Current Projects

Futures of Digital Media Histories

The Future of Digital Media Histories (FDHM) is propelled by an urgent and daunting cultural heritage crisis: the rapid loss of digital art and media from the past 40 years to changing technology. This loss has a devastating effect on our capacity to know and experience our heritage. Across Canada, the first decades of digital art and media production saw a flourishing of projects by artists and activists from diverse communities: Indigenous, racialized, feminist, queer, diasporic (Bowen 2019; Loft and Swanson 2014; Diamond and Cook 2011).These artists and activists imagined alternative futures for the internet, radical cyber pathways, sovereign virtual spaces for Indigenous communities, and more. Hence, the heritage we are losing is that which connects us both to communities neglected by traditional art and media histories and institutions and to the futures they imagined during a transformational period in the history of technology. Mitigating this loss has been identified as a pressing concern by the national and provincial heritage, history, and art institutions where conservation expertise and initiatives are typically located (Engel and Phillips 2023; Dekker and Giannachi 2023); however, their efforts have been limited not only by the objects in their collection, their resources, values, and mandates, but by the fact that the transitory and variable nature of digital technology, and, by extension, of digital-born art and media radically challenges existing preservation and museological paradigms (Grau et al. 2019; Dekker 2018).

In response to this intensifying cultural heritage crisis and the complex conditions from which it arises, our network of care for digital art and media in Canada is inclusive of stakeholders from diverse communities, organizations, and areas of expertise. We are using the term “network of care” to describe a horizontal and anti-colonial practice of intergenerational knowledge sharing, transdisciplinary research development, and methodological experimentation based in community and collective memory work, living archival practice, and “return of the image” or repatriation. Our network will approach the restoration and preservation of digital art and media as a collaborative endeavour and facilitate the resource, skill, and knowledge sharing that that is essential to safeguarding the futures of digital heritage in sustainable ways­­––environmentally, economically, technologically, and in terms of human relationships and labour.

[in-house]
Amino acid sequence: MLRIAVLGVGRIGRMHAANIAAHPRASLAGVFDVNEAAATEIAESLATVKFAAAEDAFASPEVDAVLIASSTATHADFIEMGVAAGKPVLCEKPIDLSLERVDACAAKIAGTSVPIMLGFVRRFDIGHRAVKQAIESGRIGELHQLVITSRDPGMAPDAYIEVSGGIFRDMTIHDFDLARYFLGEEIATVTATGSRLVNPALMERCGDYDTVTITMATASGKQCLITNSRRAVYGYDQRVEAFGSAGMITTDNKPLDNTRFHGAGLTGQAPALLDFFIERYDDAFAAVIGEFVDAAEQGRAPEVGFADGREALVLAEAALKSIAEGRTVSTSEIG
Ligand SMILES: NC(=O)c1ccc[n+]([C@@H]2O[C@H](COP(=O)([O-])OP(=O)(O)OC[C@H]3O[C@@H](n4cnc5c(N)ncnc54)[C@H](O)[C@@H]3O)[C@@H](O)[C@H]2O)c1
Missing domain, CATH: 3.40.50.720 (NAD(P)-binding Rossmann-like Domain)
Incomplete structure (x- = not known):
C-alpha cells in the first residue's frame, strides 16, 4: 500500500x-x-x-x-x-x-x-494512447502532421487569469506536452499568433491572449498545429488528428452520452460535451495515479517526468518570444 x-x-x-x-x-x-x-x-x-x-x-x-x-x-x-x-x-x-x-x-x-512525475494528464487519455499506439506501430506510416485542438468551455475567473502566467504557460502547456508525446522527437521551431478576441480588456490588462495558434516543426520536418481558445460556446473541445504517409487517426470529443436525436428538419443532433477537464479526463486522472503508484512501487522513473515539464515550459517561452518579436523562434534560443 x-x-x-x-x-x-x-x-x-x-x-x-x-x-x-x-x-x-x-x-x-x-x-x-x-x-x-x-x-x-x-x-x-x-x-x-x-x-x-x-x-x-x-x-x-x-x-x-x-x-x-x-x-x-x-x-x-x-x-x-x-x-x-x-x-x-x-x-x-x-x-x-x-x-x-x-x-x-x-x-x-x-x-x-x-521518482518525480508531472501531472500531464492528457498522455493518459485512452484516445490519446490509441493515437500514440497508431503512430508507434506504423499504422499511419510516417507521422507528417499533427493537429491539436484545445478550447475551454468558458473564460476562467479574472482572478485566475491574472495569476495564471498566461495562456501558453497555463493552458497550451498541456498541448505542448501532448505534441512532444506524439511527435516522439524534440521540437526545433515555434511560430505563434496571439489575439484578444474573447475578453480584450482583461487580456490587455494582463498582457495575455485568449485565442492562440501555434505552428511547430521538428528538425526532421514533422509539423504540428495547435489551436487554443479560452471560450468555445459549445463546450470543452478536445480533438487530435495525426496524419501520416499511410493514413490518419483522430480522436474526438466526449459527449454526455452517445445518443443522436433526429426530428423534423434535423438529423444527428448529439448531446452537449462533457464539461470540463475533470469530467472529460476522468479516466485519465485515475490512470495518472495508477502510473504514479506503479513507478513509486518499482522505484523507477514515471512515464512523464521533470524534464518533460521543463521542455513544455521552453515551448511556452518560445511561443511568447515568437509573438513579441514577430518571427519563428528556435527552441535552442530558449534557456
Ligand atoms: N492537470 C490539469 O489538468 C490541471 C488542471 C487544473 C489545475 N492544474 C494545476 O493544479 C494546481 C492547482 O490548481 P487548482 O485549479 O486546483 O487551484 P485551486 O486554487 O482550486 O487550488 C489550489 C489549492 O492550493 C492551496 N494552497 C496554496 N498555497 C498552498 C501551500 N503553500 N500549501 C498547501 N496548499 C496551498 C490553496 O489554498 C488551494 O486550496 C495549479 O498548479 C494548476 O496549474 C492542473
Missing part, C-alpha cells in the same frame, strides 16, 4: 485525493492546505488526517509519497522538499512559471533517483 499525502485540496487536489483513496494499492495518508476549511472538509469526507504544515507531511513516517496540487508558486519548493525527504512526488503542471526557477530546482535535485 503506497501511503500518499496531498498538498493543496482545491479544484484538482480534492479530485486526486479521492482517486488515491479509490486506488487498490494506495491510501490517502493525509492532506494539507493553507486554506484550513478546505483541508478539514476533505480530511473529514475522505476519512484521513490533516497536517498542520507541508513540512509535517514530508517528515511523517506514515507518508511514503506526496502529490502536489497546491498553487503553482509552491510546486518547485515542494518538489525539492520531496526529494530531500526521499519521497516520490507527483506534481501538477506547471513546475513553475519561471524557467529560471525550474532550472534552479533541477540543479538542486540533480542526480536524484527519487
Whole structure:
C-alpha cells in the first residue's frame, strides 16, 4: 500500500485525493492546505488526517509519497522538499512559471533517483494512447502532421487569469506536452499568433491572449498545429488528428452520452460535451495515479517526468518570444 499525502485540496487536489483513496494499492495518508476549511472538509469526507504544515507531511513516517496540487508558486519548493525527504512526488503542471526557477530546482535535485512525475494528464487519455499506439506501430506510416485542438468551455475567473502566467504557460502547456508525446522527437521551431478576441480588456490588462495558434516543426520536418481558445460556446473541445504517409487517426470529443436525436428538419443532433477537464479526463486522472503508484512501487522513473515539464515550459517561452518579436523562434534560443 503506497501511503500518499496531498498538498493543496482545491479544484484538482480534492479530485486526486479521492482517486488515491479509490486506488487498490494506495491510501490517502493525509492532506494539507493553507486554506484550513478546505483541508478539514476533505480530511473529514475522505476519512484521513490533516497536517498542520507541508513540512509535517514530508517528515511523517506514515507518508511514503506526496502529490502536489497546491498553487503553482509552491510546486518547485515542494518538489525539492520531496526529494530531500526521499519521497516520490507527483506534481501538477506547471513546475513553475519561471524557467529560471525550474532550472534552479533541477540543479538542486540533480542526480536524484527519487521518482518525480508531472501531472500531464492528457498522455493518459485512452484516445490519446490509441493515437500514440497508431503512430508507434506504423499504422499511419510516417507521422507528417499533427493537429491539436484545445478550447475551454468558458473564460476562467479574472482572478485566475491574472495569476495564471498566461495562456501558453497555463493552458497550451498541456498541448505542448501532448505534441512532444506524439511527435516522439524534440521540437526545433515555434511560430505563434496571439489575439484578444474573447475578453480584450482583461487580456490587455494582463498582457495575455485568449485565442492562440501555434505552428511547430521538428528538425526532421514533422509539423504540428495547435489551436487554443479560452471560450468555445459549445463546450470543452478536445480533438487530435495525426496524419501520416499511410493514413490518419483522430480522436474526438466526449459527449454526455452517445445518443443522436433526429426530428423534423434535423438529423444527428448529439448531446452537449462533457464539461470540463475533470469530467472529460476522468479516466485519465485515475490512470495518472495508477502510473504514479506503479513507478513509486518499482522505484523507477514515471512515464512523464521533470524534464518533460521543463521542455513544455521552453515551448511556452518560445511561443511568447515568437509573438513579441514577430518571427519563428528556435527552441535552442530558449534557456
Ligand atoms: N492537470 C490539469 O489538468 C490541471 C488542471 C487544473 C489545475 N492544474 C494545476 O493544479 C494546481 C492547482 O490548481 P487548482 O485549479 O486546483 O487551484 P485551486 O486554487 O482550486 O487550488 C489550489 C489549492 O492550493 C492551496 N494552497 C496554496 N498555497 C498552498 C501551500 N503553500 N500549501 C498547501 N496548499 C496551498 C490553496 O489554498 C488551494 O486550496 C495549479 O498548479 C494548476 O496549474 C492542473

Media Cosmologies: an intergenerational conversation on art, technology, and transmission with Cheryl L’Hirondelle and Callum Beckford

Outline of campfire and tipi on black background with the sun in the sky having "go" written inside

Held on March 10, 3:00-5:00 at Agnes Etherington Art Centre

Since the mid-1990s when world wide web first swung into public view, the net art works of Cheryl L’Hirondelle (Cree/Halfbreed; German/Polish) have explored and articulated the radical possibilities of nêhiyawin (Cree worldview) within the emergent, evolving landscape of digital culture. Among Turtle Island’s earliest adopters of the web as an artistic medium and most cogent theorists of its significance as a space of cultural self-determination and survivance, L’Hirondelle has created and co-created a body of artworks and texts that are crucial not only to understanding the full histories of media art and the internet, but also to imagining their futures –– Isi-pîkiskwêwin-Ayapihkêsîsak (Speaking the Language of Spiders, with Ahasiw Maskegon-Iskwew, 1996),Dene/Cree ElderSpeak: Tales of the Heart and Spirit (with Ahasiw Maskegon-Iskwew, 1998), treatycard (2004), Horizon Zero 17: TELL (2004), and wêpinâsowina (2005), among others.

This public program celebrates the ongoing restoration of one of these projects, (2008). Alongside talks by artists Cheryl L’Hirdondelle and Callum Beckford, will be presented in a legacy environment on computer terminals in Agnes’ atrium, giving the public access to this work for the first time in years.